Common Questions About Workers' Compensation

CAN I BE FIRED OR DISMISSED FOR BEING INJURED AT WORK?

Technically, it is illegal in Tennessee and all other states for an employer to fire an employee solely because he or she was injured on the job. However, it is relatively easy for employers to get around this restriction by finding another excuse to dismiss an injured worker. Almost every state, including Tennessee, operates under the principle of "at will" employment, meaning that your employer can fire you for any reason or for no reason at any time with very few exceptions. Nonetheless, there is some chance you may have a case for wrongful termination if you can prove that:

  • Your termination was the result of age, gender, racial, or another type of illegal discrimination
  • You were terminated specifically and solely for getting injured
  • Your employer violated its own policies and procedures in firing you
  • Your employer falsely claimed that no light/modified duty work was available
  • Your employment contract or union CBA prohibited your termination

In any case, your employer should still fulfill its obligation to cover the costs of treating your injury under Tennessee Workers’ Compensation law. If your employer is reneging on its Workers’ Comp obligations or you believe you may have a case for wrongful termination, the Workers' Compensation attorneys of Wagner & Wagner in Chattanooga will defend your rights and explain your legal options.

WHAT DOES THE NEW LAW ON WORKERS’ COMPENSATION IN TENNESSEE MEAN FOR SUBCONTRACTORS?

Tennessee lawmakers recently passed changes to the law governing Workers' Compensation for subcontractors. Under the old system, subcontractors were legally obligated to purchase Workers’ Comp insurance for their employees, but were not covered themselves. When subcontractors got injured, they would file a Workers’ Compensation claim and argued that they were unaware that they were not covered. In various Workers’ Compensation lawsuits involving subcontractors, Tennessee judges ordered the general contractor to pay, essentially just moving up the ladder until finding someone with Workers’ Compensation insurance.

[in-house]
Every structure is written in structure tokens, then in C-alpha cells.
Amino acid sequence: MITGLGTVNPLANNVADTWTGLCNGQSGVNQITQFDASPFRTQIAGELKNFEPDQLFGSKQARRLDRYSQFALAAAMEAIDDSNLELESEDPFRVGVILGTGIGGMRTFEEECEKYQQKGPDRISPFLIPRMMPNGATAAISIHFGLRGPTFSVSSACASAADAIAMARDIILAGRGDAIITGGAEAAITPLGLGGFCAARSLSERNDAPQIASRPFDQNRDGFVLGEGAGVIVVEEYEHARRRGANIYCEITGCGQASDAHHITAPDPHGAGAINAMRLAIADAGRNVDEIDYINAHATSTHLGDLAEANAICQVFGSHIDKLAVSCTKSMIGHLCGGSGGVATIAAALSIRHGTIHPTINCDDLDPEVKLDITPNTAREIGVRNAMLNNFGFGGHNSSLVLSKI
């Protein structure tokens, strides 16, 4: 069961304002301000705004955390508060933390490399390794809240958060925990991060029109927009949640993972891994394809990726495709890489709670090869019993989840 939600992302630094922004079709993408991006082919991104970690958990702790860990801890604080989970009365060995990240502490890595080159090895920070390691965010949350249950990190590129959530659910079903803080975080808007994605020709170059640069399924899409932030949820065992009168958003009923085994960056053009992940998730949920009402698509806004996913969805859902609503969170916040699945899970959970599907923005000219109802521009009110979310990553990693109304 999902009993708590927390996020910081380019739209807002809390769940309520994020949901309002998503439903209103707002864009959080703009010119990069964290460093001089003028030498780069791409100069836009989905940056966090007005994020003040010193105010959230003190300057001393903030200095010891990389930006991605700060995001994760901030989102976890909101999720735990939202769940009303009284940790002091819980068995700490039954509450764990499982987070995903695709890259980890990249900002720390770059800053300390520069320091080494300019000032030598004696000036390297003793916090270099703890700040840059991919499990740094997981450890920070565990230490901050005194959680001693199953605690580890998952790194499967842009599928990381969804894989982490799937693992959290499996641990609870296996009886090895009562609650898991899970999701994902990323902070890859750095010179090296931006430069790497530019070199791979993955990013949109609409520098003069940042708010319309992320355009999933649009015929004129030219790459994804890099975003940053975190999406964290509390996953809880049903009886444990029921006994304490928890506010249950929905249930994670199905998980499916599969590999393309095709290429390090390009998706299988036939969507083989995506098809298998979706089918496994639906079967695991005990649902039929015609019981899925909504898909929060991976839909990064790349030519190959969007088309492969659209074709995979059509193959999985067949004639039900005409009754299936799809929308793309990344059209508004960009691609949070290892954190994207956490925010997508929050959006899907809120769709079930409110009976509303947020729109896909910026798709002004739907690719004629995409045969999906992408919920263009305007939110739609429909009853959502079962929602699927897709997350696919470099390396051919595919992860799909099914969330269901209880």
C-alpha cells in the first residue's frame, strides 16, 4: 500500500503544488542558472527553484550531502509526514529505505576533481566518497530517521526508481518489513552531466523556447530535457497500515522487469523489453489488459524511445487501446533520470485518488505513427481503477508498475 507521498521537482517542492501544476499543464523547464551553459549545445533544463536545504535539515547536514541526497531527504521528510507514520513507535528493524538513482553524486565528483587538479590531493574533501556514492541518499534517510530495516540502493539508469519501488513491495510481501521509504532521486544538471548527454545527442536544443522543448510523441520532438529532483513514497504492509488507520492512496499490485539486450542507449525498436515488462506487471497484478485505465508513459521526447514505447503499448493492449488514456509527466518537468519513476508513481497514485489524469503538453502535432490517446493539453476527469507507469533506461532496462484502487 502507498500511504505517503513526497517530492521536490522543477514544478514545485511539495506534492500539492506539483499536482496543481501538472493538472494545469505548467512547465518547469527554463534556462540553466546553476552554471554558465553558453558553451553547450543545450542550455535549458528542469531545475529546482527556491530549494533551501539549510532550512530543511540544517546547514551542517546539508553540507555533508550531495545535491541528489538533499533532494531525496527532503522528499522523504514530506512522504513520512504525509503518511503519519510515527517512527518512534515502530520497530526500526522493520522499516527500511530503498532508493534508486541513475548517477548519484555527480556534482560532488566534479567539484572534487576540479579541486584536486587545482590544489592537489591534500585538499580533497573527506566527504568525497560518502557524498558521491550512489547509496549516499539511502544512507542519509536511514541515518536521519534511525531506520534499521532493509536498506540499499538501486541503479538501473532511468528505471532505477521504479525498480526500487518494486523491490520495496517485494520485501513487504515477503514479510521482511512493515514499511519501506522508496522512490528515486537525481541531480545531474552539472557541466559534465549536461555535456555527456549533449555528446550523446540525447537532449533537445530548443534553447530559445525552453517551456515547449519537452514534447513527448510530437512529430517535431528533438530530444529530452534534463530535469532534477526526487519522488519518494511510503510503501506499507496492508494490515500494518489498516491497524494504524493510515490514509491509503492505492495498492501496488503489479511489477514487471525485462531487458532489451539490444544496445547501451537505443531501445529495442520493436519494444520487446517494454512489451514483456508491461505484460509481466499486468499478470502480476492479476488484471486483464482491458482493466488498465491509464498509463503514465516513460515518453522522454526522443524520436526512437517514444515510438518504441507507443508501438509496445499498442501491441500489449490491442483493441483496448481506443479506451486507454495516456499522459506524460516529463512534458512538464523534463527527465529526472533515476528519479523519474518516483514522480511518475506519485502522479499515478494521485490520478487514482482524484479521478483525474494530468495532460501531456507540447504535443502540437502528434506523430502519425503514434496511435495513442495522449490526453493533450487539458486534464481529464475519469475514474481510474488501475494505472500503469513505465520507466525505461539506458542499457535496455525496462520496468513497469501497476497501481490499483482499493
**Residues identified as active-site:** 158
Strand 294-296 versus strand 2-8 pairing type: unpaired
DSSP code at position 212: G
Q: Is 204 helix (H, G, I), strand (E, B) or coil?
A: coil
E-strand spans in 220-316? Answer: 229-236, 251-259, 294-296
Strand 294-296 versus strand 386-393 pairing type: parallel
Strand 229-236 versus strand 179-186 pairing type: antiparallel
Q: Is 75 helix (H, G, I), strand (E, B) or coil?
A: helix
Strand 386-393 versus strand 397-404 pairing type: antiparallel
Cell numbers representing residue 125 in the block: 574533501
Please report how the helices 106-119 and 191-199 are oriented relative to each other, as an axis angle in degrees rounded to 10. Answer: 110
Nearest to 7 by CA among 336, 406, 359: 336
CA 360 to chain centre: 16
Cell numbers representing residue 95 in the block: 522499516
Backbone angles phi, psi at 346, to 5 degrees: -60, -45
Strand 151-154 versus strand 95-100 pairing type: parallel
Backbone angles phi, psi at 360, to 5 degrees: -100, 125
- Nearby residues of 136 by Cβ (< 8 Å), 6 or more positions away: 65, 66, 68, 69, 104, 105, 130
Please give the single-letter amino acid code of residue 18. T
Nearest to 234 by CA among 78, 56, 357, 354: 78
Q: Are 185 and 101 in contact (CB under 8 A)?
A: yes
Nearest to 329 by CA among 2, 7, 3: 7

In 2008, the Tennessee legislature changed this system, requiring subcontractors to purchase Workers’ Compensation insurance for themselves by 2010. However, many subcontractors could not afford expensive insurance policies, so lawmakers created an exemption. Subcontractors may now opt out of the Workers’ Compensation system and apply for the exemption online at a new website set up by the Tennessee Secretary of State. The exemption will take effect March 1, 2011. If you believe this new law may affect your claim for Workers’ Compensation benefits, the attorneys of Wagner & Wagner can help you recover the benefits you deserve.

If you have been injured on the job, don’t wait for problems to arise before getting in touch with an experienced Workers’ Compensation lawyer. Please contact the law firm of Wagner & Wagner today for a free consultation to discuss your legal options